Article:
Works Well with Others: An Outsider's Guide to Shaking Hands, Shutting Up, Handling Jerks, and Other Crucial Skills in Business That No One Ever Teaches You

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Esquire editor and Entrepreneur etiquette columnist Ross McCammon delivers a funny and authoritative guide that provides the advice you really need to be confident and authentic at work, even when you have no idea what’s going on.
 
Ten years ago, before he got a job at Esquire magazine and way before he became the etiquette columnist at Entrepreneur magazine, Ross McCammon, editor at an in-flight magazine, was staring out a second-floor window at a parking lot in suburban Dallas wondering if it was five o’clock yet. Everything changed with one phone call from Esquire. Three weeks later, he was working in New York and wondering what the hell had just happened.
 
This is McCammon’s honest, funny, and entertaining journey from impostor to authority, a story that begins with periods of debilitating workplace anxiety but leads to rich insights and practical advice from a guy who “made it” but who still remembers what it’s like to feel entirely ill-equipped for professional success. And for life in general, if we’re being completely honest. McCammon points out the workplace for what it is: an often absurd landscape of ego and fear guided by social rules that no one ever talks about. He offers a mix of enlightening and often self-deprecating personal stories about his experience and clear, practical advice on getting the small things right—crucial skills that often go unacknowledged—from shaking a hand to conducting a business meeting in a bar to navigating a work party.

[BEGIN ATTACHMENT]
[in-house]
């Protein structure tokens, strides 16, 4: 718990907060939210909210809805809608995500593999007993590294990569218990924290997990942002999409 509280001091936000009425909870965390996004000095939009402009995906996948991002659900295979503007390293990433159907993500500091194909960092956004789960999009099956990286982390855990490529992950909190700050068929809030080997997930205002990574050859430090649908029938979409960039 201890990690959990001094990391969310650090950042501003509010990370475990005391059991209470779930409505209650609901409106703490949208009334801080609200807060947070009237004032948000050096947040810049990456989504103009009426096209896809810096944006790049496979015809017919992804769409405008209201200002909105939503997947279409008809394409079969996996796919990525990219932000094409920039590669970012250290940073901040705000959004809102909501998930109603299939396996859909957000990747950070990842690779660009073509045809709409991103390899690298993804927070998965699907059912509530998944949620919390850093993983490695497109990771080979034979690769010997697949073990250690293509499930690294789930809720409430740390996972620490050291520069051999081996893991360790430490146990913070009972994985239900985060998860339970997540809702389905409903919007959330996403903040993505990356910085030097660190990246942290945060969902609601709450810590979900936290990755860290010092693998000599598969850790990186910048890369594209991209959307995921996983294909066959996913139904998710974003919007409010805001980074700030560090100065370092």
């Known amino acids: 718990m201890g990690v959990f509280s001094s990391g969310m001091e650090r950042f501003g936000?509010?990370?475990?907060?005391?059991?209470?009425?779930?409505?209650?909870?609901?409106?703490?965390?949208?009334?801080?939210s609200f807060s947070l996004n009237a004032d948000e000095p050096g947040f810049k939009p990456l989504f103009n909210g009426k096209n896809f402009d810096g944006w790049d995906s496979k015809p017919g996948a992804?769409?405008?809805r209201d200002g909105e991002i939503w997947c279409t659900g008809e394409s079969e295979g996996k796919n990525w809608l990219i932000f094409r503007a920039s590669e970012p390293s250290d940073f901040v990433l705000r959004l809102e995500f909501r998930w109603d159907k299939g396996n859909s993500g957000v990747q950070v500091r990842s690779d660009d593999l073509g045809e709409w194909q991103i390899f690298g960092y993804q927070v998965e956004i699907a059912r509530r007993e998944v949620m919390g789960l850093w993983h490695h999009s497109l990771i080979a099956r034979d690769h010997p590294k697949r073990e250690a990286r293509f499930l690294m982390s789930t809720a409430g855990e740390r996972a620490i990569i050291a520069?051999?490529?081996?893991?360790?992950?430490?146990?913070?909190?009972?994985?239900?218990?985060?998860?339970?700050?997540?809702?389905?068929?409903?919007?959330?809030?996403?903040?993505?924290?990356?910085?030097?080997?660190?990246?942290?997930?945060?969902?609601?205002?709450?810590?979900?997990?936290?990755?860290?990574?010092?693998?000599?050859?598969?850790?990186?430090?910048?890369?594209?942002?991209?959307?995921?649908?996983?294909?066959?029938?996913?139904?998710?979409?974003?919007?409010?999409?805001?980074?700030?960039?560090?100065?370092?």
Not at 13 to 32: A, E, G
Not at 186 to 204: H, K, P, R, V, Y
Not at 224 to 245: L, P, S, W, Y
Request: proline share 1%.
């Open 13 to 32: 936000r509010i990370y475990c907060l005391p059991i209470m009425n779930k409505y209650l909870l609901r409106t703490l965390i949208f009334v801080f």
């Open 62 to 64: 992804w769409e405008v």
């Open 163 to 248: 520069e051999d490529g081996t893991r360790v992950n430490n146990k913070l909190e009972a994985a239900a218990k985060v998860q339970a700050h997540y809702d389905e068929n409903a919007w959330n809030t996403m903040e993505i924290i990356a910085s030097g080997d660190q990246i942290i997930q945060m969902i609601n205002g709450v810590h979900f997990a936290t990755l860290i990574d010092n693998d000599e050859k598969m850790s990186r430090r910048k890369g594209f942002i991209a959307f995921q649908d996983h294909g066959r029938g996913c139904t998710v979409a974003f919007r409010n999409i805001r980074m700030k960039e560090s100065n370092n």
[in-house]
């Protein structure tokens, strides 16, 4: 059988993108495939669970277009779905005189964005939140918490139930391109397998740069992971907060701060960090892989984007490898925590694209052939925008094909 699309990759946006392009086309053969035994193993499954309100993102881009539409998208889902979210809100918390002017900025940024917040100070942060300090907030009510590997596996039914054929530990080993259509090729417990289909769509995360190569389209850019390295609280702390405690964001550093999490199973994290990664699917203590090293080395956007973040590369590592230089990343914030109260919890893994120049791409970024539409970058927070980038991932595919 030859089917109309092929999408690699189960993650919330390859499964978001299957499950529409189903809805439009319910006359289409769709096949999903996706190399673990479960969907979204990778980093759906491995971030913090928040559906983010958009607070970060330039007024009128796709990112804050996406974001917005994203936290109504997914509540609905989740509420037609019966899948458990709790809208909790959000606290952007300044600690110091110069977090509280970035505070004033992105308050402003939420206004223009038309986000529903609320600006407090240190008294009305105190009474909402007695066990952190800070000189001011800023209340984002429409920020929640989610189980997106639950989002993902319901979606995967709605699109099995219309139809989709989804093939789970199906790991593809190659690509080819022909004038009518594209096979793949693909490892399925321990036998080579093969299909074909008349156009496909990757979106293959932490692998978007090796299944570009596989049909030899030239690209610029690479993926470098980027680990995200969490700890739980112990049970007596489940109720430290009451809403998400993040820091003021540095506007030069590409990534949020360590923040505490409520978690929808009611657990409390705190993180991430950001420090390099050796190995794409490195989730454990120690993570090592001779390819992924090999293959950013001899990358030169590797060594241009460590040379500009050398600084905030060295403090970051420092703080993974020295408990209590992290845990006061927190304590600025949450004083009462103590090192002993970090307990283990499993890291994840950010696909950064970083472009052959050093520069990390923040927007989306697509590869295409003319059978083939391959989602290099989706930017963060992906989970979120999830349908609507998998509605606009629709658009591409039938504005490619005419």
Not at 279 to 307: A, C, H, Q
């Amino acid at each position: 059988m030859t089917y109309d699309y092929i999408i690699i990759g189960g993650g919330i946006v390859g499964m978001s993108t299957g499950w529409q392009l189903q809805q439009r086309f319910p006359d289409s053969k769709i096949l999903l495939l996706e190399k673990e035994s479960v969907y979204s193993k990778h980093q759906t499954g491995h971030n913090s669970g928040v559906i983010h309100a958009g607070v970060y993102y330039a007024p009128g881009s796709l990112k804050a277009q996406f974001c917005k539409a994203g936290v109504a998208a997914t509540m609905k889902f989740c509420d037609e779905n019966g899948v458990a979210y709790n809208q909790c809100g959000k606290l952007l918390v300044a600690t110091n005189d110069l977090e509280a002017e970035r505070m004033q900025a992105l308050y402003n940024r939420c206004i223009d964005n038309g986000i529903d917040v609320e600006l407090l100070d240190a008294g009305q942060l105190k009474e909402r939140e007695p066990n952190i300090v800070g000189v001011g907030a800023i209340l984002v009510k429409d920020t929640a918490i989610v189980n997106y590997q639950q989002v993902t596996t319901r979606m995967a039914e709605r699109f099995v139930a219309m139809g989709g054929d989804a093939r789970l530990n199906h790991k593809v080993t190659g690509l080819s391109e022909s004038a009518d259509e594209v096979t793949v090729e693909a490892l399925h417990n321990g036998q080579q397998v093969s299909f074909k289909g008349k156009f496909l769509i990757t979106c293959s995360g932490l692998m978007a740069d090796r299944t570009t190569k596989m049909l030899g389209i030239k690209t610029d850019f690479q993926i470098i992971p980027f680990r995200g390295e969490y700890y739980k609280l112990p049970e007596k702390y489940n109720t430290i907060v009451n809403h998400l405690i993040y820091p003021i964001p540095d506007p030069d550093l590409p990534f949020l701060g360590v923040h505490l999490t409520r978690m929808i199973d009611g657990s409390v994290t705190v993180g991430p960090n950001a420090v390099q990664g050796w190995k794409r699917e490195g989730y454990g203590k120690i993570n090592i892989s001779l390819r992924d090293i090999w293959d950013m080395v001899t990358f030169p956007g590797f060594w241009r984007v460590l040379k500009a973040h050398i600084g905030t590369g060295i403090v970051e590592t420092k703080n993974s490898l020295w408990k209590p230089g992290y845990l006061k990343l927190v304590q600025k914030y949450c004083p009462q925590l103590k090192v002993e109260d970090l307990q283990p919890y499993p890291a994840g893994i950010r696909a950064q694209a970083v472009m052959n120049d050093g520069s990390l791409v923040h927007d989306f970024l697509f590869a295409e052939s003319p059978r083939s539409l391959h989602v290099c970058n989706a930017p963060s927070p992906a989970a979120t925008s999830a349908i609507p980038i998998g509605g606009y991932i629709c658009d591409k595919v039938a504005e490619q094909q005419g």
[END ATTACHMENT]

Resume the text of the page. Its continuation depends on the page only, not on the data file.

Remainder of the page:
Here is an inspirational new way of looking at your job, your career, and success itself; an accessible guide for those of us who are smart, talented, and ambitious but who aren’t well-“leveraged” and don’t quite feel prepared for success . . . or know what to do once we’ve made it. 
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About the author

Ross McCammon is an editor at GQ magazine and the business etiquette columnist at Entrepreneur magazine. He was a senior editor at Esquire magazine from 2005 to 2016, where he was responsible for the magazine’s coverage of pop culture, drinking, cars, and etiquette. He has written for Elle, Cosmopolitan, Wired, Bloomberg BusinessWeek, Texas Monthly, and Parents. His humor has been collected in Created in Darkness by Troubled Americans: The Best of McSweeney’s Humor Category, edited by Dave Eggers. He lives in New York, with his wife and children.
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Additional Information

Publisher
Penguin
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Published on
Oct 6, 2015
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Pages
304
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ISBN
9780698194342
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Features